If I’d had the chance of asking any of these clowns, I would have asked them this: Which academic research are you basing your conclusions on? Did it employ Pirsig’s Metaphysics of Quality? Has a decent academic publisher such as the Oxford University Press published a recent book- using this research – laying out the likely consequences of a ‘Yes’ vote compared to the consequences of a ‘No’ vote?

You already know the answer (and the implications) to this, don’t you? You don’t need a little help from a friend or a PhD in the Metaphysics of Quality to tell you. The most important issue for the UK since the 1940s was influenced by personality, innuendo, prejudice, half baked information and myth. We have some of the best universities in the world in this country, some of the best researchers and some of the most creative intellectual people but, as far as I can see, they were hardly used in this very critical decision.

Moreover, last June’s Brexit vote was rushed through (for instance, Captain ‘Titanic’ Cameron could have held the referendum in 2019…) which gave relatively little time for anyone, no matter how well educated and informed, to reach the best decision. The Brexit iceberg appeared on the British scene all too quickly while Captain Cameron immediately rushed to the lifeboats. Yet it never needed to be this way. This was, ultimately, an internal issue for the Conservative party and there this issue should have remained. Talk about insanity…

It quickly became clear that many of these clowns also thought that the average member of the British voting public weren’t up to a serious intellectual analysis of the issues regarding Brexit. Well, as far as I’m concerned, they should have been looking in the mirror and patronising themselves.

Unhelpfully, most of the few educated sources that I can usually trust – such as the perceptive Scottish economist, Mark Blythe – have been generally very quiet about giving an opinion about Brexit. It’s probably a wise decision to make. The issues involved are horrendously complicated, but that’s little consolation.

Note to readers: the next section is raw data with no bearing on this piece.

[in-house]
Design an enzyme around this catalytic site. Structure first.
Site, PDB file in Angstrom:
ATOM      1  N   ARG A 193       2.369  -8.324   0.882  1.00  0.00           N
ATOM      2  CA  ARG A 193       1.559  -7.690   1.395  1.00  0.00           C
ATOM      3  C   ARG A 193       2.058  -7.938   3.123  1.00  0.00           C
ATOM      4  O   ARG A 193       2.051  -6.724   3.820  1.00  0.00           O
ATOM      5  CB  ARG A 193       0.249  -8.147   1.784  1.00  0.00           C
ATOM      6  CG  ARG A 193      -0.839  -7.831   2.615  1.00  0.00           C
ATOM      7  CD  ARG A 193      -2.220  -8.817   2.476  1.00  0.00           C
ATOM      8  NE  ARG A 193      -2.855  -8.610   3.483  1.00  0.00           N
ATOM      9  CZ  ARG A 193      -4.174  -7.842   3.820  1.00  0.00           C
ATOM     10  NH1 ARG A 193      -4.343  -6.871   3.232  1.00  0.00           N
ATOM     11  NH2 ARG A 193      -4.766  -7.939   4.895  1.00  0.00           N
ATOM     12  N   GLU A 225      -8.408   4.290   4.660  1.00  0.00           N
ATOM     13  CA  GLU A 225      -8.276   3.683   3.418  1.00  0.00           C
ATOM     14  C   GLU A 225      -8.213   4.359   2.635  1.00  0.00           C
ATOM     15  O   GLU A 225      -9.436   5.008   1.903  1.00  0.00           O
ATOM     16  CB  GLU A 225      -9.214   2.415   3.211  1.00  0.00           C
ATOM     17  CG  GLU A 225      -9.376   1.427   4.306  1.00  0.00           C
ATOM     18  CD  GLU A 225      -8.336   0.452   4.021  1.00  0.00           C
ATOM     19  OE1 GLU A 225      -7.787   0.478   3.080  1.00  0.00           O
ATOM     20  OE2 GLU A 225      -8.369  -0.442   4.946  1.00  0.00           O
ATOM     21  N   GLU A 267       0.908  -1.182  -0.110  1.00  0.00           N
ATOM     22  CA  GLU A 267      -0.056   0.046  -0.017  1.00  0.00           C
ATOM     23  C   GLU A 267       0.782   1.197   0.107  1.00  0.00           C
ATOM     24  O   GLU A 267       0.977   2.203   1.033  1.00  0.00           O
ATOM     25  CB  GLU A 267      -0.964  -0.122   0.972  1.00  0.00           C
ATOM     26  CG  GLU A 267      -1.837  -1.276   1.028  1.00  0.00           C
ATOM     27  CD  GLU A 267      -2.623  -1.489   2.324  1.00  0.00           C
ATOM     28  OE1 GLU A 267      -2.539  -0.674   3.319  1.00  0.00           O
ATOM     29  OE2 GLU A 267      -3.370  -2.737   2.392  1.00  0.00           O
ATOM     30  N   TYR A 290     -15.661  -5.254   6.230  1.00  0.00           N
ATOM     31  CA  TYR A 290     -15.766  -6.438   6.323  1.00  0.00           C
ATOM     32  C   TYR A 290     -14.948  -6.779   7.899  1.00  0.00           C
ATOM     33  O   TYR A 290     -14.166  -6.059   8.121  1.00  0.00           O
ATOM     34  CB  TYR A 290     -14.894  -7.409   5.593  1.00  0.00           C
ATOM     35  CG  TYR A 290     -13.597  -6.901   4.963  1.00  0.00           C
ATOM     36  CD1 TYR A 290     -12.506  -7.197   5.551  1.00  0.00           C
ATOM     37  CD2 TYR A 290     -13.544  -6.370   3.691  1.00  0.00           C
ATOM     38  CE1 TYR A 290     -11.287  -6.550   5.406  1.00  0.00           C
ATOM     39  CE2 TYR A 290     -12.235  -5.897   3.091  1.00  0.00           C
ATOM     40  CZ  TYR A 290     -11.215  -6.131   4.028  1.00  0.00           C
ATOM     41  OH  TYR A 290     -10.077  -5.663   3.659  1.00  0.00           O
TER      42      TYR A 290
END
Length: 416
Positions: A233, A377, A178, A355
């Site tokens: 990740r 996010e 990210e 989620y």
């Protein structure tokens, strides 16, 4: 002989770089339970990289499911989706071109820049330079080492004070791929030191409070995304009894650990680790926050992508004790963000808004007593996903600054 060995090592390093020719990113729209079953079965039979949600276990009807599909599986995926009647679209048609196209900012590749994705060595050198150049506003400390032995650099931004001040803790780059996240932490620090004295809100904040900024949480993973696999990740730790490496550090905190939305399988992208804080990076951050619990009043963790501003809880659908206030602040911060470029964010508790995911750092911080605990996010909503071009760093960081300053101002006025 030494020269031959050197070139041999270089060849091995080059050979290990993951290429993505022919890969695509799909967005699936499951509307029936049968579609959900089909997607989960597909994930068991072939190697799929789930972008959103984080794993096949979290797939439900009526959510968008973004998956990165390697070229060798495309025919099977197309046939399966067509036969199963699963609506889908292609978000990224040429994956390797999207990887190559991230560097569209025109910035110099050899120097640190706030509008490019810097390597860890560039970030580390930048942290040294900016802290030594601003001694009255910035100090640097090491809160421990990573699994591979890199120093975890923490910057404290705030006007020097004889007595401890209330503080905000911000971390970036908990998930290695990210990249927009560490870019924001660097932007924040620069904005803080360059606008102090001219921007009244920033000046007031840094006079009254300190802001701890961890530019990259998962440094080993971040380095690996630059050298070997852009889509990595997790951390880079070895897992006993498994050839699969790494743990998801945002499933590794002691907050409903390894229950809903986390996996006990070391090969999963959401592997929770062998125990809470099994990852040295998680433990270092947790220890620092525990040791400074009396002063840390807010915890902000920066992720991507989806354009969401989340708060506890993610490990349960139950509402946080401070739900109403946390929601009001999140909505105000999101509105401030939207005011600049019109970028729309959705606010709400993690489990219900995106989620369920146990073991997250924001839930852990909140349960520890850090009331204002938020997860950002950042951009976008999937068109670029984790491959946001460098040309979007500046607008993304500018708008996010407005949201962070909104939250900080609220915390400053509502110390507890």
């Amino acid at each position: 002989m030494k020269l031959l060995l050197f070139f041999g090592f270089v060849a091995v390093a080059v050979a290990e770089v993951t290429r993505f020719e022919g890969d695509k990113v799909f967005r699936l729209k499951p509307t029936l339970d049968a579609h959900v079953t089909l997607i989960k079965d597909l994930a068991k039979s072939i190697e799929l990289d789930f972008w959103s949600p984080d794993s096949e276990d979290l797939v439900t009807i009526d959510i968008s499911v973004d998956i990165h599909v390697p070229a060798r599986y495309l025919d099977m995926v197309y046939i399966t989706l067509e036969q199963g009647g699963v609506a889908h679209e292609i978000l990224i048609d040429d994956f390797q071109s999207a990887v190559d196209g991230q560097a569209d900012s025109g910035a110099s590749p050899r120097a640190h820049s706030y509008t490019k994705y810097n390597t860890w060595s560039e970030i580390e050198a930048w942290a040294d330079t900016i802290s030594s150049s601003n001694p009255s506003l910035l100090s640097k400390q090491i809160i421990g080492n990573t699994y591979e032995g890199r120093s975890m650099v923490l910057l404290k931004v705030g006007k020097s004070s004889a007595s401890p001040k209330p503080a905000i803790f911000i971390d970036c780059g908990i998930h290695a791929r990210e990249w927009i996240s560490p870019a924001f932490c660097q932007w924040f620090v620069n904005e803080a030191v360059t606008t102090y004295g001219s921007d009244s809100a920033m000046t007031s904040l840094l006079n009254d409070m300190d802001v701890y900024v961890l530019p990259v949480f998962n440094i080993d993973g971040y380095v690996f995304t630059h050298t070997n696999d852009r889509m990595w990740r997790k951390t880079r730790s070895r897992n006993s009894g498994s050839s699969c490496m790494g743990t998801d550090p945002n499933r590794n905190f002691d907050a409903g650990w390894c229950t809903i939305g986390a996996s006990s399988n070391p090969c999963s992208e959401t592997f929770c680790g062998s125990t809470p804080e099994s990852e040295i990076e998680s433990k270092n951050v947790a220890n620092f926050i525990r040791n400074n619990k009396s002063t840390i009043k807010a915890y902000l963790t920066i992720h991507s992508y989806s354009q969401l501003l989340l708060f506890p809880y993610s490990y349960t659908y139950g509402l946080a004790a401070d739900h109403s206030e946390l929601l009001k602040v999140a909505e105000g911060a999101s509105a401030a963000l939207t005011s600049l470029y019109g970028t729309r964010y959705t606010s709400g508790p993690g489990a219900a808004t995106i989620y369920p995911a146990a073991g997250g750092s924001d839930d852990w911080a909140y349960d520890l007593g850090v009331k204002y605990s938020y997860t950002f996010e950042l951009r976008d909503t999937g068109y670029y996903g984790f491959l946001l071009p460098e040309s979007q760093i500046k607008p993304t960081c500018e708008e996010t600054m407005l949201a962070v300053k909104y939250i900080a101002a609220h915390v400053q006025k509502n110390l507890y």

On top of all this political nonsense, the Brexit referendum only gave the UK voter a binary choice of ‘in’ or ‘out’. Yet there should have been about TEN realistic choices for the public to make, on a spectrum from hard Brexit to maintaining the status quo. I have not met a single person who has had exactly the same opinions about Brexit as I have. While I have yet to ask anyone else who understands the Metaphysics of Quality (and there are a few hundred people in the UK who fortunately do) to see what they think about this issue, I doubt many of them would differ substantially from what I’ve said above. I believe we should make philosophy mandatory for all secondary school children. The UK simply can’t afford to keep making such important decisions in such a stupid way. Things are looking rather too ‘Titanic’ for my liking as it is.

Sadly, I have a feeling that philosophers haven’t intervened often enough when others (primarily professional politicians) make a hash of ideas like democracy. And, taking a rather Mark Twain/Catch-22 perspective here, though I have absolutely no plans to become prime minister, I still wish a half decent philosopher would take on this job. Professor Anthony Grayling, anyone? In the meantime, do thank God that the global environment has never looked better, that no TV reality star has a finger on the nuclear button, that the global population level is now dropping, that every kid has a decent education and that poverty was wiped out on this planet decades ago… A splendid time is guaranteed for all?

Whatever happens regarding the UK and its future relationship with Europe, do make sure to buy a copy of the newly remixed version of ‘Sgt. Pepper’ (in both stereo and mind-blowing surround sound; released at the end of this month) and, above all, happy ‘motorcycling’. Overall, it is “getting better all the time”!

I read the news today, oh boy, about a lucky man who made the grade.
And though the news was rather sad, well I just had to laugh. I’d seen his mystic path.
He’d blown his mind out rather far. He had noticed that the world can change.

(With apologies to Lennon & McCartney)

Dr. Anthony McWatt is a philosopher and artist lost in a world of multinationals and Platonism. His PhD and subsequent philosophical career has been based on researching and exploring the work of Robert Pirsig, author of Zen and the Art of Motorcycle Maintenance.